The recent wave of contract extensions from the Atlanta Braves saw yet another new agreement take place, as the club locked up closer Craig Kimbrel on a shiny new four-year contract. Kimbrel is the latest of the Braves' group of young players eligible for extensions, as Freddie Freeman and Julio Teheran have also been locked up over the past week or so. Each deal has come with a decent amount of positive vibes surrounding them.
At the same time, however, it's important to acknowledge the significant risk the Braves are taking with each. For Freeman and Teheran, the risk is simply characterized by their respective lack of service time at the big league level. The situation is different with Kimbrel, though, as throwing such a hefty amount of cash at a closer does come with a potentially enormous risk.
Such is the case with most lucrative, long-term deals for closers. When successful teams build bullpens, they tend to do it on the cheap. We don't need to delve too far into that one to know that it's accurate. In the case of closers, we often see these big-money contracts blow up in the faces of the respective teams that sign them (Read: Carlos Marmol, Jonathan Papelbon). Will that be the case with Kimbrel?
There are plenty of valid arguments to be made against signing closers to big-money contracts. Their impact on the game, in terms of workload, is extremely limited compared to starters and position players. And they rarely seem to last in whatever successful run they do have (Read: Brian Wilson).
In Kimbrel, the Braves have perhaps the best ninth-inning pitcher currently in the game. He saved 50 games in 2013 (a career high), while punching out over 13 hitters per nine, walking under three per nine, and posting a 1.21 ERA, along with a 1.93 FIP. In a few different categories, that actually represented something of a down year for him.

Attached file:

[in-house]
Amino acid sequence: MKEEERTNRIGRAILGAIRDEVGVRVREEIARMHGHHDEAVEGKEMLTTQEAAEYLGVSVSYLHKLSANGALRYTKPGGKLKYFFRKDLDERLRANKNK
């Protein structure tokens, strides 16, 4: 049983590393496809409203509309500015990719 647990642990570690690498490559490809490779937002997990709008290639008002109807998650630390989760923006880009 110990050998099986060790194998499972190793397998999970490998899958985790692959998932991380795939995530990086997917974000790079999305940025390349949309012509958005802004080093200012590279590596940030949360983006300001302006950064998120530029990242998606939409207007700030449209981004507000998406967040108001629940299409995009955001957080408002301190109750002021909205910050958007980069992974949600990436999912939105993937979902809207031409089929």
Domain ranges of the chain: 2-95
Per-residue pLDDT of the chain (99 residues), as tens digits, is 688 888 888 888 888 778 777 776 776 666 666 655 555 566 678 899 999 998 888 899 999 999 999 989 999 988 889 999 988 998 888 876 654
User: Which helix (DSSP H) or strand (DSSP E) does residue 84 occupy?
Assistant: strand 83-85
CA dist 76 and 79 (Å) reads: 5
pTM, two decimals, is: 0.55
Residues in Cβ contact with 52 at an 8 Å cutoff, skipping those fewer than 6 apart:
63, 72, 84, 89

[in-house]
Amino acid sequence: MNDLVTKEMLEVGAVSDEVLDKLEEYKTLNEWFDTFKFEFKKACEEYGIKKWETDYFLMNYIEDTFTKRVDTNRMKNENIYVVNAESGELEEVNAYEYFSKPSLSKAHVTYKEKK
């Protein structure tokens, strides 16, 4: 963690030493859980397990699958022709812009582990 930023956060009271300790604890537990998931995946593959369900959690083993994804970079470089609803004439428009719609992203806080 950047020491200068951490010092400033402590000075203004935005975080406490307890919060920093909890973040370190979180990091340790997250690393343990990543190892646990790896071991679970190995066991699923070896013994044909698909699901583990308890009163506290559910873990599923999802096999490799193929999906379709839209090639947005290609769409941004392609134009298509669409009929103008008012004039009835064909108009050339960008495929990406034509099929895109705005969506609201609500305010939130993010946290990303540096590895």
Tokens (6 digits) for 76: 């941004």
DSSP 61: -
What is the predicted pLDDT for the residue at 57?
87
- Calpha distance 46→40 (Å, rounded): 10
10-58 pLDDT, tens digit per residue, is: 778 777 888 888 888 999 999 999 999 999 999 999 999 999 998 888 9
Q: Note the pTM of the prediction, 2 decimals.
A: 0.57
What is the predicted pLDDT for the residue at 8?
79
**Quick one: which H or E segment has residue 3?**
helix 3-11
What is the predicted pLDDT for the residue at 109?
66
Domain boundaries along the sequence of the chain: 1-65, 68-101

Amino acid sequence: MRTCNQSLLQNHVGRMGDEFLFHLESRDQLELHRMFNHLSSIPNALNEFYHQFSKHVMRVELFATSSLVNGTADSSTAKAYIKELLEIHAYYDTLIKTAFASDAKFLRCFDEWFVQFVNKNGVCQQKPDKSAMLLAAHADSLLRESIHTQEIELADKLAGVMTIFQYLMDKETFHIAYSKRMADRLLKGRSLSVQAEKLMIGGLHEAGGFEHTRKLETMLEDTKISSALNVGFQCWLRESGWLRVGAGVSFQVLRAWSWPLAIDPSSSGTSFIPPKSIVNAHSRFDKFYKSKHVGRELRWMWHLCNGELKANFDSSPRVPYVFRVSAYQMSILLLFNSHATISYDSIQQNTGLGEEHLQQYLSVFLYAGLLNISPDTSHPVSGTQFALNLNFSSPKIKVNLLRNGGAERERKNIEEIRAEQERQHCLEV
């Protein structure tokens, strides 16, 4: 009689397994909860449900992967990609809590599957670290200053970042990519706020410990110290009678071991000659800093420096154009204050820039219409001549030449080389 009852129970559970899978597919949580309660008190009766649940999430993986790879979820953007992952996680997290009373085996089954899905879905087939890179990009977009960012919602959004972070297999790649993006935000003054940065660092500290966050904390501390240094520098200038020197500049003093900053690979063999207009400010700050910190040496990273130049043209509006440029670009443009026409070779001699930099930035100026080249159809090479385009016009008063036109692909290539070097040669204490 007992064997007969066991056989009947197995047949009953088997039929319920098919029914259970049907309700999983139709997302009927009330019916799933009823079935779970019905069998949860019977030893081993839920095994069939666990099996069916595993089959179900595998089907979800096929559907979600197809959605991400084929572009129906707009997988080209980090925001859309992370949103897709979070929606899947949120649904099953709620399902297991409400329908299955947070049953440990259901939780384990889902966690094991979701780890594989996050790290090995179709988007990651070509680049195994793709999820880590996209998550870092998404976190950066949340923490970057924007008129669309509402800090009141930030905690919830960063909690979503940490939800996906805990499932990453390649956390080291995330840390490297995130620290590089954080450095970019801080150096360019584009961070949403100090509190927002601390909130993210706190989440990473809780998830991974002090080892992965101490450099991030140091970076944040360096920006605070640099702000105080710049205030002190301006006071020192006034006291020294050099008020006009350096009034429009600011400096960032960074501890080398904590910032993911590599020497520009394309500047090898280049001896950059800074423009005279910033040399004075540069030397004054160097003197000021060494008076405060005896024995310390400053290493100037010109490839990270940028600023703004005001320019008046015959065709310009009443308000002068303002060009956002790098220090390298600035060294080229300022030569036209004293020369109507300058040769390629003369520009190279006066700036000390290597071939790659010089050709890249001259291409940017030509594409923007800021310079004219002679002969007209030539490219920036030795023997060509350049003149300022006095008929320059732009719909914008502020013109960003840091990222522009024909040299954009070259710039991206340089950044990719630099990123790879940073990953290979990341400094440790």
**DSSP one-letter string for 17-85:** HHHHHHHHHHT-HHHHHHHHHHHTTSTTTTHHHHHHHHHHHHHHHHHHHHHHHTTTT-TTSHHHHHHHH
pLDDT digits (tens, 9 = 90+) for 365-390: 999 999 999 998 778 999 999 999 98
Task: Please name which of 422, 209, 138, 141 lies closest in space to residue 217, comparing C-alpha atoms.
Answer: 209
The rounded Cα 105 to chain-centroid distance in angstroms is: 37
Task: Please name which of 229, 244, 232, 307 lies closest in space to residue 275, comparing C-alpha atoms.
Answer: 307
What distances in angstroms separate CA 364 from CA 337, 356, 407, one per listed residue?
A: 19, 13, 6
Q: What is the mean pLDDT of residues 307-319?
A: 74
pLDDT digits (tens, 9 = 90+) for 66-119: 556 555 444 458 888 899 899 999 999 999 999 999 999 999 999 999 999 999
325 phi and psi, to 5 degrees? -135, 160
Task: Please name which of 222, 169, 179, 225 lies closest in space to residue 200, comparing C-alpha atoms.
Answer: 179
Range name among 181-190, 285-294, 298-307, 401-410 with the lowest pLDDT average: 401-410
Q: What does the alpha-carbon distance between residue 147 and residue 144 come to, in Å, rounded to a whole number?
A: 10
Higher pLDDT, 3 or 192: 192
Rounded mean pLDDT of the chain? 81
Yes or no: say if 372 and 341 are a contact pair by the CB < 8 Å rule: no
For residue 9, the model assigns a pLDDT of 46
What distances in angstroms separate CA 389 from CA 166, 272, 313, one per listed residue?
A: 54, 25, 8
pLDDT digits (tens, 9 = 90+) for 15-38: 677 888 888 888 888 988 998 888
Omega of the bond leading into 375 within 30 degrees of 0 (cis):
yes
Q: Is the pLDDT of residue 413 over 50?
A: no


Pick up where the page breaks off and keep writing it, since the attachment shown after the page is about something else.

This is what Kimbrel's last three years have looked like, since he first took over as the full-time closer in Atlanta:
Those are some pretty gaudy numbers across the board. Specifically intriguing is that in two of those three seasons, Kimbrel has posted a WAR of at least three, putting him in some pretty elite company throughout recent major league history. Only Eric Gagne, Mariano Rivera, Jonathan Papelbon, and Joe Nathan have posted multiple seasons of at least 3 WAR since the turn of the century. Therein you see the potential upside for this deal between Kimbrel and the Braves.
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It's entirely possible that Kimbrel ends up like Gagne, burning out after a short stretch of dominance. We've seen it time and time again (Marmol). That's one of the major concerns with this deal, and with investing in a closer overall. Kimbrel isn't going to be Rivera. If he can pan out like Nathan or Papelbon, particularly in the latter's Boston years, then the Braves are sitting pretty with this deal.
Plain and simple, Kimbrel finds success because he misses bats. He strikes out opposing hitters at a rate that is among the best the game has ever seen. That high-90s fastball coupled with a devastating curveball are a deadly combination for those stepping in the batter's box in the ninth inning. He has averaged over 15 strikeouts per nine for his career, which is the best all time for a reliever. It's hard to deny that he's the best reliever in the game today.
At the same time, though, it's important to acknowledge the dangers that come with signing a closer to a long-term, big-money deal. Closers burn out. They get hurt, particularly when you're talking about a guy with Kimbrel's skill set. It's very possible that the Braves have their very own Eric Gagne set to make $14 million a year.
Of course, they could end up with a Nathan or Papelbon type who finds consistent success for a number of years, which would make this deal a fantastic one for Atlanta.
The question remains—which closer will Kimbrel ultimately be?
All statistics courtesy of FanGraphs.
Randy Holt is a writer at Beyond The Box Score. You can follow him on Twitter at @RandallPnkFloyd.